Mo Rosser

The publishers would like to thank the following individuals and institutions for permission to reproduce copyright material:

© Ronald Sheridan/Ancient Art & Architecture Collection Ltd: Figure 0.1; © The British Library, Or.6810,f.27v: Figure 0.2; © Andrew Brookes/Corbis: Figure 1.1; © Michael Keller/Corbis: Figure 3.1; © Carlton Professional: Figures 10.1, 10.2; © Dimitri Iundt/Corbis: Figure 11.1.

The commissioned photographs were taken by Susan Ford.

Every effort has been made to obtain necessary permission with reference to copyright material. The publishers apologise if inadvertently any sources remain unacknowledged and will be glad to make the necessary arrangements at the earliest opportunity.

This page intentionally left blank r-\

Contents

Introduction 1

Learning and assessment guidance 3

Brief history of massage 8

Part A: Underpinning knowledge 13

1 Health, safety and hygiene 14

Health and Safety at Work Act 1974 15

The therapist's role in maintaining health and safety 17

in their place of work Safety considerations when dealing with hazardous substances 20

Safety considerations when using electrical equipment 22

Reporting of Injuries, Diseases and Dangerous 24 Occurrences Regulations 1985 (RIDDOR)

First aid at work 25

Manual handling 26

Fire precautions 28

Risk assessment 29

Hygiene 31

2 Body systems and the physiological and psychological 47 effects of massage

Organisational levels 47

The integumentary system 53

The skeletal system 62

The muscular system 68

The cardio-vascular system 74

The lymphatic system 80

The respiratory system 84

The digestive system 88

The nervous system 92

The urinary system 99

The endocrine system 102

Psychological effects of massage 106

Part B: Consultation, preparation and massage movements 109

3 Professional conduct, ethics and preparation 110

Ethics 111

Client consultation 112

Contra-indications to massage 115

Referring clients to a medical practitioner 125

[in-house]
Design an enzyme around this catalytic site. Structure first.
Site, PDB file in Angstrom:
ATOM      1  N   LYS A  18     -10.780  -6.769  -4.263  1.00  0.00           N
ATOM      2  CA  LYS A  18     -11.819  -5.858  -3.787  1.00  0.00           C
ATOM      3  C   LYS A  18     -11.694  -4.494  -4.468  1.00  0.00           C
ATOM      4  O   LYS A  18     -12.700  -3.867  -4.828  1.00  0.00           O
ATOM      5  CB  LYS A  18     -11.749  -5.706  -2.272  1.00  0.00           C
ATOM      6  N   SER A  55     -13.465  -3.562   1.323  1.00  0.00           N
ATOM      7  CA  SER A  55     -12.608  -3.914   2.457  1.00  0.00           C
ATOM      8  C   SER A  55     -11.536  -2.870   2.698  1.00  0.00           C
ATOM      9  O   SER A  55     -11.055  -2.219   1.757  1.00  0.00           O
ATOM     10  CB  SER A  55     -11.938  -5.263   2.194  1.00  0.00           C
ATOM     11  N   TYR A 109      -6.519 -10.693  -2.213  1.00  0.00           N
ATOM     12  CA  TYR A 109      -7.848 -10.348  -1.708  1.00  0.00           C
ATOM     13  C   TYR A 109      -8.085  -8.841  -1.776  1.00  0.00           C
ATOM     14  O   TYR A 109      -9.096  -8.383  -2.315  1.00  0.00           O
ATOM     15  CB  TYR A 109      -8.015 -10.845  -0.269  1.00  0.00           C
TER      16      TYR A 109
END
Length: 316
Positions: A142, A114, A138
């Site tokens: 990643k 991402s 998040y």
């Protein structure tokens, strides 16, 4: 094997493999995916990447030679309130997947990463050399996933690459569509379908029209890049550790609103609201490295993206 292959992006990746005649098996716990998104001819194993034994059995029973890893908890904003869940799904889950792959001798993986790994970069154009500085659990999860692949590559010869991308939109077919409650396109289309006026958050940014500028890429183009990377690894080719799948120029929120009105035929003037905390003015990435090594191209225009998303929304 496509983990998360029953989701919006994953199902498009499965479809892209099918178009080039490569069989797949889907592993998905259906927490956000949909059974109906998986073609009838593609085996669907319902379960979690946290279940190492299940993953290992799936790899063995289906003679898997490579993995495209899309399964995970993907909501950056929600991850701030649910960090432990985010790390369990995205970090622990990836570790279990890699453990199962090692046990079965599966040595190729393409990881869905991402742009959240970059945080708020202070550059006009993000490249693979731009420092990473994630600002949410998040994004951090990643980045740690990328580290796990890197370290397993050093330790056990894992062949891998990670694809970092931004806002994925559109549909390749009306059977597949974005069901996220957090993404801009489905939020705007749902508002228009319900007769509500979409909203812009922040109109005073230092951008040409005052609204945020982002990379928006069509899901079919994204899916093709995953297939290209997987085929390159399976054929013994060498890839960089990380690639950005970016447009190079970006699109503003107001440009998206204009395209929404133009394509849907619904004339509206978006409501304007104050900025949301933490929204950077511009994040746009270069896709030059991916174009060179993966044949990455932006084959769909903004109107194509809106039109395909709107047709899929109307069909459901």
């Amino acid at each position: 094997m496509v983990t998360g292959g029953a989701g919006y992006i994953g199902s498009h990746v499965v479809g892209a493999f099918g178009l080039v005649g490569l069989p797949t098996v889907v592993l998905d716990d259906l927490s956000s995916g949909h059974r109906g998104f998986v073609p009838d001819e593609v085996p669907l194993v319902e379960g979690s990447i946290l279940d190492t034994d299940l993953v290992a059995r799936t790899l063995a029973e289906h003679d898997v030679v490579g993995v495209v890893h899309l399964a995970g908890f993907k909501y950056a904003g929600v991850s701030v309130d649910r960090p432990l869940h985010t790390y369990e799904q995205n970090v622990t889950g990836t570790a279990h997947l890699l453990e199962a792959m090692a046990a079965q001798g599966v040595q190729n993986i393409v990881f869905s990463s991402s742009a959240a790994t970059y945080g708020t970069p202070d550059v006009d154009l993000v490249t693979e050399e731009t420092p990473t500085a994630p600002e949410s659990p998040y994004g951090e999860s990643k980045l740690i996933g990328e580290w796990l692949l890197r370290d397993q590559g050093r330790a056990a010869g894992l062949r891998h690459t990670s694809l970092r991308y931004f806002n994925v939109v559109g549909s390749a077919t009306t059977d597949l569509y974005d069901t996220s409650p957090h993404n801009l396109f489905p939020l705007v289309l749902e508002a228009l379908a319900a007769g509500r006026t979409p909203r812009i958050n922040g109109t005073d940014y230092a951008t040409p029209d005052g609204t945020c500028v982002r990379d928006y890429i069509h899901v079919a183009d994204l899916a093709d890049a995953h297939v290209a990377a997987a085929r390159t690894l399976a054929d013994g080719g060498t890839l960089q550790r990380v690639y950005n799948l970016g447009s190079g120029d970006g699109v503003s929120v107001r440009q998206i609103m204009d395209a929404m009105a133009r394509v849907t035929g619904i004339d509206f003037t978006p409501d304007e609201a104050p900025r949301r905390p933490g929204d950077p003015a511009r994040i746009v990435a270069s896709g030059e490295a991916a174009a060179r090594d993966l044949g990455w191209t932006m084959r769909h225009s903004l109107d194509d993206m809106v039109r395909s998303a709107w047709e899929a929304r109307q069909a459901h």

Preparation for massage 125

4 Classification of massage and the effleurage group 137

Classification of massage movements 137

The effleurage group 138

Effleurage 139

Stroking 143

5 The petrissage group 147

Kneading 147

Wringing 153

Picking up 155

Skin rolling 156

Muscle rolling 158

Frictions 159

6 The percussion and vibration groups 163

The percussion (tapotement) group 163

Hacking 164

Cupping 166

Beating 166

Pounding 167

The vibration group 168

Shaking 168

Vibration 169

Part C: Massage routines and adaptations 171

7 Massage routines 172

Basic guidelines 172

Leg 176

Arm 182

Chest and abdomen 186

Back 191

Face and head 195

8 Adapting massage for specific conditions 207

Conditions that benefit from massage 207

Reducing stress and tension 208

Combating mental and physical fatigue 209

Relieving oedema 210

Reducing cellulite 215

Male clients 218

Evaluation of treatment 219

Home advice 221

Diet 221

Relaxation 222

Posture 224

Breathing exercises 232

Evaluation of own performance 233

9 Additional techniques 236

Massage techniques for musculo-skeletal problems 236

Neuromuscular-skeletal techniques 244

Passive movements 254

Body brushing 268

10 Mechanical massage 274

Gyratory vibrator 275

Percussion vibrator 280

Audio-sonic vibrator 280

Heat treatment 283

11 Introduction to sports massage 290

Training 290

Benefits of sports massage 291

Use of massage in sport 293

Pre-event massage 293

Post-event massage 295

Training massage 298

Treatment massage 301

Contra-indications to sports massage 304

Answers to questions from Health, safety and hygiene chapter 306

Appendix: Terminology of surfaces and structures 309

Glossary 311

Index 313

This page intentionally left blank r-\

Was this article helpful?

0 0
Essential Aromatherapy

Essential Aromatherapy

Have you always wanted to know what is aromatherapy? Here are some invaluable information on aromatherapy. I leave absolutely nothing out! Everything that I learned in order to improve my life with aromatherapy I share with you.

Get My Free Ebook


Post a comment